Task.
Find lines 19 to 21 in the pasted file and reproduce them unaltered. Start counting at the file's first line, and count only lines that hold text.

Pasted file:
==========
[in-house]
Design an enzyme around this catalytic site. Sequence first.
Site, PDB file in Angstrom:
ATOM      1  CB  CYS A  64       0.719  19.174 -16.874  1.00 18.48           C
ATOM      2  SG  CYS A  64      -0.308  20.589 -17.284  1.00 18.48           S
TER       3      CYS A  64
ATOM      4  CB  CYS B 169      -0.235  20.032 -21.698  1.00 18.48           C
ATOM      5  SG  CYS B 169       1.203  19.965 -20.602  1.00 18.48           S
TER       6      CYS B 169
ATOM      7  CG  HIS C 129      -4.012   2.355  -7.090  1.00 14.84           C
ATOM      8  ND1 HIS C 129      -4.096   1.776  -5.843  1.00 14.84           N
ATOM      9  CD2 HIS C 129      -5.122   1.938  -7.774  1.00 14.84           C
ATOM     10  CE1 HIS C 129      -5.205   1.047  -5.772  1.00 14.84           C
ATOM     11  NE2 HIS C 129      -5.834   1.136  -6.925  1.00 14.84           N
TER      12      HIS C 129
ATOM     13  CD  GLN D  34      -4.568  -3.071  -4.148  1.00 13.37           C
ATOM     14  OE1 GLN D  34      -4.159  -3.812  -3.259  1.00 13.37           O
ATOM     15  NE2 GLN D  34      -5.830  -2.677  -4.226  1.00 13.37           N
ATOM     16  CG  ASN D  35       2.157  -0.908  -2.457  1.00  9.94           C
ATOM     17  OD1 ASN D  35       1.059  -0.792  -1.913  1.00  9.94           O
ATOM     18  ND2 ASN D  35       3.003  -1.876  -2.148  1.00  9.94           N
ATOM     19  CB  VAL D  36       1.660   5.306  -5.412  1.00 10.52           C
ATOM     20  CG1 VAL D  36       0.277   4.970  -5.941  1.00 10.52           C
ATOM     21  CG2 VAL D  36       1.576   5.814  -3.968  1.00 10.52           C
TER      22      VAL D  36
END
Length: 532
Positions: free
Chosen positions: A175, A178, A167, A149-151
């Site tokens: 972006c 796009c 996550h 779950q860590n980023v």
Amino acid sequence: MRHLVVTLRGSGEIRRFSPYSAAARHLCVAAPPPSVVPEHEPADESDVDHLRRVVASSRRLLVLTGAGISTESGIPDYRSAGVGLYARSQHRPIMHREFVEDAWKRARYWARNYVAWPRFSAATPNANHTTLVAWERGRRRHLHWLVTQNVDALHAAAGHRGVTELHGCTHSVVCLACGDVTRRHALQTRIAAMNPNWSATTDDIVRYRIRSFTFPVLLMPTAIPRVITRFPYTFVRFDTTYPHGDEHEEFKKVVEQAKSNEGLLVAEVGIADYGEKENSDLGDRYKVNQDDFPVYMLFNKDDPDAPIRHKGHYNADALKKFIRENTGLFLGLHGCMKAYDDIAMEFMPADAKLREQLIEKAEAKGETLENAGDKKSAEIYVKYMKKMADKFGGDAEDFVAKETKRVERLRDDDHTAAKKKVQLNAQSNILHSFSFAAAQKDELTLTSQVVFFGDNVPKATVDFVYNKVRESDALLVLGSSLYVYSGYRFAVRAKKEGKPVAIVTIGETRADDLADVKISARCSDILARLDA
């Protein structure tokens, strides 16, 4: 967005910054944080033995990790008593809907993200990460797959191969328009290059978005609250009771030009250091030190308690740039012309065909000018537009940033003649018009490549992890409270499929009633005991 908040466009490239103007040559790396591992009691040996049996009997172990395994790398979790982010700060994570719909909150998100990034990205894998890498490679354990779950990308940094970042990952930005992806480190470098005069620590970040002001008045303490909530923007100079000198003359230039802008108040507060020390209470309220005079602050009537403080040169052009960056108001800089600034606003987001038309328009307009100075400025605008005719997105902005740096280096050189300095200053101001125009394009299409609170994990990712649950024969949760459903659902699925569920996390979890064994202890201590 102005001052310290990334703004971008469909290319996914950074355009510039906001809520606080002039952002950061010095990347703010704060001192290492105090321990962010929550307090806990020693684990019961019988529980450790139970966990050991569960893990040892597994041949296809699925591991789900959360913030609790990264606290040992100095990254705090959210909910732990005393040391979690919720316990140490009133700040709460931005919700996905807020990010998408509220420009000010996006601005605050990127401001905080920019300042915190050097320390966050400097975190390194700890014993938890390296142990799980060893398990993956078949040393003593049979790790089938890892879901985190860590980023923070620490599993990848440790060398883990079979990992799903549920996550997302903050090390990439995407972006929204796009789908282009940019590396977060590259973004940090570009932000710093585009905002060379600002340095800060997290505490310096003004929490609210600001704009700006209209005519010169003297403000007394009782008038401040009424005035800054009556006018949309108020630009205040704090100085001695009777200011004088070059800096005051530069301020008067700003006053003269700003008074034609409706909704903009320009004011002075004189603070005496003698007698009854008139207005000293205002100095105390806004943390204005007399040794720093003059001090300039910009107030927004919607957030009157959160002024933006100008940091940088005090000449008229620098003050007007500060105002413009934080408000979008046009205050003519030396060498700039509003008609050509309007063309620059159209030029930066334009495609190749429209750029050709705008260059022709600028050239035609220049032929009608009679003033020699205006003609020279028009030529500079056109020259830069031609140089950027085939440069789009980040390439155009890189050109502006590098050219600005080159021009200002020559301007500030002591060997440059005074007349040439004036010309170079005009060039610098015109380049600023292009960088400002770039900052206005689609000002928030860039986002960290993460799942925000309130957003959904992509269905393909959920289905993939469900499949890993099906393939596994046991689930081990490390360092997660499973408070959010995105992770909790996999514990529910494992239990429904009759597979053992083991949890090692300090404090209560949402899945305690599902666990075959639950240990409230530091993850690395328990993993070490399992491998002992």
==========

ATOM     16  CG  ASN D  35       2.157  -0.908  -2.457  1.00  9.94           C
ATOM     17  OD1 ASN D  35       1.059  -0.792  -1.913  1.00  9.94           O
ATOM     18  ND2 ASN D  35       3.003  -1.876  -2.148  1.00  9.94           N